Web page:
At Free Banking blog, Kurt Schuller points to Ralph Benko’s reply to Roubini’s statements that “this idea of a gold standard is pushed every other day by these gold bugs [and] is not even a theory it’s a theology,” and that the return to the Gold Standard after WWI was a major cause of the Great Depression.
Schuller rightly asks if we blame the Great Depression on the gold standard, shouldn’t we blame the Great Recession to fiat currencies? In addition, the gold standard never came back after WWI, the system instead was an administered gold exchange-standard. The whole idea of the gold standard is that there is neither need nor place for currency management. If the monetary regime needs to be managed by a monetary authority then it is not a commodity standard. I agree with Benko and Schuller that Roubini’s comment is historically flawed, and seems to be that there are just as many paper bugs as there are gold bugs.
However, there is another relevant aspect that critics of the gold standard do not always mention. The monetary problems that critics of the gold standard point to as a major cause of the Great Depression, as if that were enough to explain such a long period of economic weakness, was not the only cause of the financial crisis. Mismanagement of the international exchange-standard during the twenties, new regulations and increases in taxes, along with regime uncertainty, to name a few, are as valid explanations of why the crisis was so great as that of monetary policy. Especially in events like business cycles and depressions, the ceteris paribus does not hold in reality. To point to a monetary problem as if these other factors were constant misses the real situation and may over-weight the responsibility assigned to a single variable. Ceteris paribus is a mental tool, not a fact of reality.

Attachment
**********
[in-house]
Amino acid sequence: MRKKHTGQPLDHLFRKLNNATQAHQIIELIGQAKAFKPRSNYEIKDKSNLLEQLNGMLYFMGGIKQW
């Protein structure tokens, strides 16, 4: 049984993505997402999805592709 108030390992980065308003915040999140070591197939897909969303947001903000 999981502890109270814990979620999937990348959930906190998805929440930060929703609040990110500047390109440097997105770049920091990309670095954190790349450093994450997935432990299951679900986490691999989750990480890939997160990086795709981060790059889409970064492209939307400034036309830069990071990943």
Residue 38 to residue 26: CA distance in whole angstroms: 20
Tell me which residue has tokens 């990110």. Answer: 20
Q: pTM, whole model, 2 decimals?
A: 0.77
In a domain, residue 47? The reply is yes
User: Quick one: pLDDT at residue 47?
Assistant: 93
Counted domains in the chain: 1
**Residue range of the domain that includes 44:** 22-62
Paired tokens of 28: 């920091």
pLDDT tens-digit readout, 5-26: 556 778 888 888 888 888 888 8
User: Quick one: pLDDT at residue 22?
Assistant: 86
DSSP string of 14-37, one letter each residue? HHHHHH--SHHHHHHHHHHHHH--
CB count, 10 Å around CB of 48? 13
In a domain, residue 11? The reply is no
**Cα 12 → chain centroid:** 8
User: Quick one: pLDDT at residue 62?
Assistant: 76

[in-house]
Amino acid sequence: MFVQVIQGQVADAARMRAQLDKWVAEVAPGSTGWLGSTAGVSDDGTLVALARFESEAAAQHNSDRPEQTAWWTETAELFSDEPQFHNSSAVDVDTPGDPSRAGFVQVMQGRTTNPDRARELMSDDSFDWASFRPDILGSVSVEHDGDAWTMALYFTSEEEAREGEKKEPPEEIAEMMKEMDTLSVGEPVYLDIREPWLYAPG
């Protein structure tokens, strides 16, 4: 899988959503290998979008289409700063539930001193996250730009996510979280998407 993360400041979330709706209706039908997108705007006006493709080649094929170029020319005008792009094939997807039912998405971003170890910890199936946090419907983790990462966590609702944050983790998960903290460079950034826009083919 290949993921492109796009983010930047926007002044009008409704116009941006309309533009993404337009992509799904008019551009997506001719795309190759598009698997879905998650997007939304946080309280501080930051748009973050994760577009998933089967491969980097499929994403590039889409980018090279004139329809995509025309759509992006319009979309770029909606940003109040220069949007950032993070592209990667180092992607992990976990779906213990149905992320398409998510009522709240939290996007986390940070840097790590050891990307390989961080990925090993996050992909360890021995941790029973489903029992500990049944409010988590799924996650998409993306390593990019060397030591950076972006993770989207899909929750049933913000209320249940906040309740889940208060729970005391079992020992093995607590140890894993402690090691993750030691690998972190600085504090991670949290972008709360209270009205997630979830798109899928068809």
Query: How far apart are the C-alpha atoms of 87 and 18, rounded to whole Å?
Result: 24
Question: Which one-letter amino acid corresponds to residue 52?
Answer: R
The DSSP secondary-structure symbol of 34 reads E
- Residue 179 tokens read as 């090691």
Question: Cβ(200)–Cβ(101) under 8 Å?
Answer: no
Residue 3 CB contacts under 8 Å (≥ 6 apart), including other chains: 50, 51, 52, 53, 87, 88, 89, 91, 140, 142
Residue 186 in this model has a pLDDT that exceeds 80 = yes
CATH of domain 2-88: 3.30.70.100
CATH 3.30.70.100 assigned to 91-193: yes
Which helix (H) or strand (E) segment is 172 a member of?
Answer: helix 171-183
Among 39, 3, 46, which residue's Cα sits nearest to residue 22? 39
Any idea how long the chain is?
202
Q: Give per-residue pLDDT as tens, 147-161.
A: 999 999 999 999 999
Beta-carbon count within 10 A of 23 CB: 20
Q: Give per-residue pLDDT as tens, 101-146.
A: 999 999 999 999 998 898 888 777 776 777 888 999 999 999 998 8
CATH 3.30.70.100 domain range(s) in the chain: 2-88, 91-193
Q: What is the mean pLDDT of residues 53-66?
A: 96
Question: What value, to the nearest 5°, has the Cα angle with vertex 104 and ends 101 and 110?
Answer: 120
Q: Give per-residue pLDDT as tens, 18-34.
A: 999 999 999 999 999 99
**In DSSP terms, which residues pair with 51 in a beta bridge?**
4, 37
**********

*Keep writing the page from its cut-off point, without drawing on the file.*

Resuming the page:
The argument that the gold standard was a main cause of the Great Depression is not only historically wrong, it may overlook the role played by other factors and players.
Nicolas Cachanosky is a doctoral student in economics at Suffolk University, as well as a previous Sound Money Essay Contest winner.
image from Mises.org